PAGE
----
Six on Saturday: 13 Feb 2021: whitewash

Many of us in the Northern hemisphere have had a snowy, cold interlude, thanks to a Siberian weather front, and whether or not you have enjoyed this probably depends on how many half-hardy plants you have in the garden! In my case, the wonderful bright light, blue skies and glimmer of frozen lakes has lifted my spirits. A change is as good as a rest, especially during these monotonous Covid days. As for the plants, well we’ll find out which have made it through soon enough. Onto Six on Saturday, the weekly garden round-up…

1 White, white, everywhere. Obligatory photos of the snow-clad garden taken earlier this week, before the sun came out and before snowball fights made a mess. I wonder if the chard in the veg patch will still be edible after the thaw. On the terrace, fleece has been deployed to help out the sage, and a Fatsia japonica, hardy to minus 10 degrees C. We got down to minus 11 one night, so it’s touch and go.

2 Crocus. Remember last week’s hopeful flowers? Well, they’re still here…tough plants.

3 Sedum with a bobble. Just for fun, and to show that sedum is a plant that looks good all year round.

4 Chilli seedlings. For those curious as to how my LED plant lights are working out, take a look at these straight chilli seedlings. I’ve had a great germination rate on the Thai Dragon (5/6), not bad on the Biquinho (4/6) and zero on my experiment using seeds from a shop-bought green pepper.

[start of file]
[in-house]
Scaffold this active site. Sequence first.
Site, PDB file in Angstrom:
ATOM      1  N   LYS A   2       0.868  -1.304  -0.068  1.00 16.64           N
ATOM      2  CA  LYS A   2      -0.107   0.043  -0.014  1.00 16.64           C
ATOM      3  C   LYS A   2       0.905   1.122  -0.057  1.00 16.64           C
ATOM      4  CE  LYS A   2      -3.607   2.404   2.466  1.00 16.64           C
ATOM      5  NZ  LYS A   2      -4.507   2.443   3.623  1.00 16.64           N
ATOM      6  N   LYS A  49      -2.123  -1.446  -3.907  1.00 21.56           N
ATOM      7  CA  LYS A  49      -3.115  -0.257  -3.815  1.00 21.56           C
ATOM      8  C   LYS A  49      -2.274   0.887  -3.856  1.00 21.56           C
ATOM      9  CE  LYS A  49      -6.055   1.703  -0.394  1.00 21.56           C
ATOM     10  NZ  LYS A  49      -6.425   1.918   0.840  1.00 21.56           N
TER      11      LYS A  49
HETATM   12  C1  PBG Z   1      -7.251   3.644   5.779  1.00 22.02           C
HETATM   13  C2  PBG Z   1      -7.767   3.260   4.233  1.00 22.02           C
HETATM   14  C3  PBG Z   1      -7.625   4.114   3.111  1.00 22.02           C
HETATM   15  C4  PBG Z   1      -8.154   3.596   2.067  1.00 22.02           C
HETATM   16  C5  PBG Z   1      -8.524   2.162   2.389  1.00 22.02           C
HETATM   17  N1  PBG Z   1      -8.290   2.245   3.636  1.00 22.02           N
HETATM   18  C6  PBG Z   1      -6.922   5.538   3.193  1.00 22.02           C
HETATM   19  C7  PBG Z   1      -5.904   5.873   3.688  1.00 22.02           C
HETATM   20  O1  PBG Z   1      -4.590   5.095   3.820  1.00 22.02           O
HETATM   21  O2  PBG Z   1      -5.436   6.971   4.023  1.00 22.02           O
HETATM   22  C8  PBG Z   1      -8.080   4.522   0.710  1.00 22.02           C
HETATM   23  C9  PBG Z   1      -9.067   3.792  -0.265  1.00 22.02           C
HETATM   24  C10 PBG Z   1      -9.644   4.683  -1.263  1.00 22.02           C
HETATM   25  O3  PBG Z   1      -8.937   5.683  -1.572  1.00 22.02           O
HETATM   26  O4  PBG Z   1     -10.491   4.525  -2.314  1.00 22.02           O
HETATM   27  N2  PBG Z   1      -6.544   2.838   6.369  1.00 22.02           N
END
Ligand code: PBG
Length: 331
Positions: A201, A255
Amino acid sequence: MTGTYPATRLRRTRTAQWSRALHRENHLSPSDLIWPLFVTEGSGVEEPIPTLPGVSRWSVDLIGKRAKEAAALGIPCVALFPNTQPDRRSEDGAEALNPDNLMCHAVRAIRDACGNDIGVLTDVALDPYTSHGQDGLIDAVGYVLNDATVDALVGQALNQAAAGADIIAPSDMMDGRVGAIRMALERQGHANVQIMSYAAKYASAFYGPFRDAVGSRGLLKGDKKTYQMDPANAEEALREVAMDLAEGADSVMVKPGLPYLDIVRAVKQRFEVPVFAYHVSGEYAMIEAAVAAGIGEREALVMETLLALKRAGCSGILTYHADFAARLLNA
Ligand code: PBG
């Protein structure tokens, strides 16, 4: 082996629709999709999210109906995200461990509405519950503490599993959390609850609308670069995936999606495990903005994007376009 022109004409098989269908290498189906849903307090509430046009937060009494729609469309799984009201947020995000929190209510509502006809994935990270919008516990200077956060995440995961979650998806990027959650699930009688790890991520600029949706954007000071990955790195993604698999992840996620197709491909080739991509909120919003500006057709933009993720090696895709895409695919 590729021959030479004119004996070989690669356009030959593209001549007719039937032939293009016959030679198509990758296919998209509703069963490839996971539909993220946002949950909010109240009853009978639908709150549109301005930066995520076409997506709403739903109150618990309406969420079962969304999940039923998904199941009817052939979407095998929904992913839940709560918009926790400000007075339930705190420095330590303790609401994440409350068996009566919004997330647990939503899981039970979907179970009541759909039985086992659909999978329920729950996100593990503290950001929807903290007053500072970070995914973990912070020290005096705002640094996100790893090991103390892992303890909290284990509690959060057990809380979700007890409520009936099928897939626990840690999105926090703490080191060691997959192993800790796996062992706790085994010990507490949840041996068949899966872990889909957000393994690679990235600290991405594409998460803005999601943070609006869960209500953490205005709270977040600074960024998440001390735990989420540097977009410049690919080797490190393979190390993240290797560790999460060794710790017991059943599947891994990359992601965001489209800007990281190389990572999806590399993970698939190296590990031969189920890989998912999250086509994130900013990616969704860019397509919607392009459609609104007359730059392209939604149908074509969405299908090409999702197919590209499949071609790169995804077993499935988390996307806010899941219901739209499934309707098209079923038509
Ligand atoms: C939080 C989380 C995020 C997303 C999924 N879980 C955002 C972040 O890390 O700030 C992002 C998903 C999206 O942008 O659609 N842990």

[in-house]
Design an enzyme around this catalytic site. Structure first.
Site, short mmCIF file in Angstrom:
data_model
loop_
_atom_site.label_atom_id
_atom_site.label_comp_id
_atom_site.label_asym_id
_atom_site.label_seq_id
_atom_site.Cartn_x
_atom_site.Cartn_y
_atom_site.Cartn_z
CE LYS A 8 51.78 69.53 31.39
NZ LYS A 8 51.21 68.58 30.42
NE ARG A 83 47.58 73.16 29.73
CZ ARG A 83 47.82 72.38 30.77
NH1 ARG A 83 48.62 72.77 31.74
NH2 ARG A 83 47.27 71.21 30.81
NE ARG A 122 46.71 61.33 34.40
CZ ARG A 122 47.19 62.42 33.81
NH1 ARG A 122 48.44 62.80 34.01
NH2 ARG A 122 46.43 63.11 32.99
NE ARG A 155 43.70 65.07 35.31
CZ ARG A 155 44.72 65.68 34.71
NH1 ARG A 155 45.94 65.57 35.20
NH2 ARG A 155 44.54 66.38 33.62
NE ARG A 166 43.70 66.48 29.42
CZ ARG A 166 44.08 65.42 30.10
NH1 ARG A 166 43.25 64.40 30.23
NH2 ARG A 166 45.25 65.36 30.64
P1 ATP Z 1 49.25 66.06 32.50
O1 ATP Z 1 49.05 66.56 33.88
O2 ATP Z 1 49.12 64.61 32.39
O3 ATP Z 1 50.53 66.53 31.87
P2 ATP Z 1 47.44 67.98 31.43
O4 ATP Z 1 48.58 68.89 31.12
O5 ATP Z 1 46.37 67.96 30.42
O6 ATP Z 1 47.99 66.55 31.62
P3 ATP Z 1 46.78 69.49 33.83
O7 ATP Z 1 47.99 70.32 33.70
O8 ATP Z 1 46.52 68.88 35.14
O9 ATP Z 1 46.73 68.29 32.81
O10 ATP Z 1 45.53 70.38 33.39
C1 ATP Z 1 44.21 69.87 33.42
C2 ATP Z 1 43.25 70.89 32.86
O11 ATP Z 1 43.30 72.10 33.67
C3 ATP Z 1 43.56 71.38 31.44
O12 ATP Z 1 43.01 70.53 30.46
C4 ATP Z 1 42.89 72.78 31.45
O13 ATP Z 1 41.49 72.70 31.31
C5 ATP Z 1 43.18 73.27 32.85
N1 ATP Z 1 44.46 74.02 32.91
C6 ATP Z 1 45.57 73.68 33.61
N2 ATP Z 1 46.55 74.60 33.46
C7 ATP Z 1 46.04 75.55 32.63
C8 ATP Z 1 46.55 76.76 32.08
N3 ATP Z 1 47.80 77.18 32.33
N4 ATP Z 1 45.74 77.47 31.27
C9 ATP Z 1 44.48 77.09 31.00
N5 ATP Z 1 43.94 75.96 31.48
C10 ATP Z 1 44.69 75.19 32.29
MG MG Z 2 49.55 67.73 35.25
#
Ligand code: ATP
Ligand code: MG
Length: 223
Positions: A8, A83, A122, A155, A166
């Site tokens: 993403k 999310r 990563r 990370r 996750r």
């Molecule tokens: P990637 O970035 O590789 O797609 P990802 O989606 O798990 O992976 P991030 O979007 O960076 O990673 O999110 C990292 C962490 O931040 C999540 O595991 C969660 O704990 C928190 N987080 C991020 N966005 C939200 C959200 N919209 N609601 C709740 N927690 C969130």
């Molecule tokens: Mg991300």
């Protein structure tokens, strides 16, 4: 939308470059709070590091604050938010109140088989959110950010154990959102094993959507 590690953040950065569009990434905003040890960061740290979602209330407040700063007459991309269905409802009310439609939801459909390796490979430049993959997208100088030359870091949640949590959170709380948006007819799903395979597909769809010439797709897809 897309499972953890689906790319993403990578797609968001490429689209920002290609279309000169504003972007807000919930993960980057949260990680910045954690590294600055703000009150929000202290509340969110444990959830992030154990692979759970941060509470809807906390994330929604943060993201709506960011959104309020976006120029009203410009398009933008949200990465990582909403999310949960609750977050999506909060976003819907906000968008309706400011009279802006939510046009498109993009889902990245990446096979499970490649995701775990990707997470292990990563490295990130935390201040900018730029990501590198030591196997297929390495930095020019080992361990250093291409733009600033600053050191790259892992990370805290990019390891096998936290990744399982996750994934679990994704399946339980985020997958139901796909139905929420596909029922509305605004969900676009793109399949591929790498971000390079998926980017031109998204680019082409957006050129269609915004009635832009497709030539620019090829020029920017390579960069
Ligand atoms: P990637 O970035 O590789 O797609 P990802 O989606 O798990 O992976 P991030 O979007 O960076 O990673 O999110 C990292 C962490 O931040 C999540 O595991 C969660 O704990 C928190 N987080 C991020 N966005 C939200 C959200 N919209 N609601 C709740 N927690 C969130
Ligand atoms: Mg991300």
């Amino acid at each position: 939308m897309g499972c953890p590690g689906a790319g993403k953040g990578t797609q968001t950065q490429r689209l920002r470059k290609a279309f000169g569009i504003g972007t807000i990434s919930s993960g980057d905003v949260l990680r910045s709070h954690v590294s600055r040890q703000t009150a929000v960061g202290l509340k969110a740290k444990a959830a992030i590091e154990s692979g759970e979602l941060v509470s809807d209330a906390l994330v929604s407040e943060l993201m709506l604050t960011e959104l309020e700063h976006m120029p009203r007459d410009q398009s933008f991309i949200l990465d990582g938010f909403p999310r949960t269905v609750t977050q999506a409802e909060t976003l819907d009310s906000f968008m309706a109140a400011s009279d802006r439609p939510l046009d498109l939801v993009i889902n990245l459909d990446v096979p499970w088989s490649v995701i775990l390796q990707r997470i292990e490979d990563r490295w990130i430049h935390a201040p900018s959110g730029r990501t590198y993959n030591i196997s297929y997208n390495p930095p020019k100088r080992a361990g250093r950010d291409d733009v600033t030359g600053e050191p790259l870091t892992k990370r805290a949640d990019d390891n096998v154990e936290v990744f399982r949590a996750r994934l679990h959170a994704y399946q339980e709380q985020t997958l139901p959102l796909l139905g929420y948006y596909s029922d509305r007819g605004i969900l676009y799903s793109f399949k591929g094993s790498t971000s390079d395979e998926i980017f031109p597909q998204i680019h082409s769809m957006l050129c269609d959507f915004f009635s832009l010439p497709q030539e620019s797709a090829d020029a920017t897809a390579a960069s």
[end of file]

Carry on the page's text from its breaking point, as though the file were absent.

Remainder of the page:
5 Dahlia splurge. A visit to the garden centre to get some seed compost and a packet of seeds resulted in the purchase of nine new Dahlia tubers, three each of Chat Noir, Bora Bora and Antibes. The tropics await me!

6 Robin. The ultimate cute winter bird. He was photographed on a walk in a nearby nature reserve, but as this is the best photo I’ve got of a robin so far, he deserves an inclusion here. Forgive me for breaking the rules.

That’s it for this week, let’s see what other gardeners have been up to around the globe on The Propagator’s site. Have a lovely weekend everyone.

On the boardwalk

“Under the boardwalk”, as the song goes. But can you spot anyone on the boardwalk?

It’s an Egyptian Goose, perhaps a little surprised – it could be the visual effect of the brown circle around his eyes, or it could be genuine astonishment at the snow, of which there is very little in Egypt! Egyptian Geese are two a penny here – we have got used to them, and apparently they have got used to the weather.

Then we came across another exotic visitor, which I have seen along the banks of the Nile, but never before in Belgium. It’s an egret. What’s the difference between a heron and an egret? Nobody is sure, it seems. The name egret comes from the French Aigrette, which means ‘silver heron’ and also ‘brush’. Though snowy white rather than silver is more accurate.

Their feathers were highly prized by European and American hat-makers in the 19th century, which sadly meant these beautiful birds were killed in large numbers. Senselessly cruel as this seems, we still kill animals for fashion – the Covid-19 outbreaks in mink farms in the Netherlands, Denmark and elsewhere recently highlighted the scale of mink farming in Europe. This article from Politico makes a solid case for banning mink farming in Europe, and I can’t imagine why that hasn’t happened yet.

A world away from such horrors, the snow draped everything with a gentle frosty coating.

Everything was quiet and still. Even the ducks dived quietly, and the Canada goose (more used to snow, this one) glided gently away.

The medieval priory of Rouge Cloitre in the background. Lakes were stocked with fish for the monks.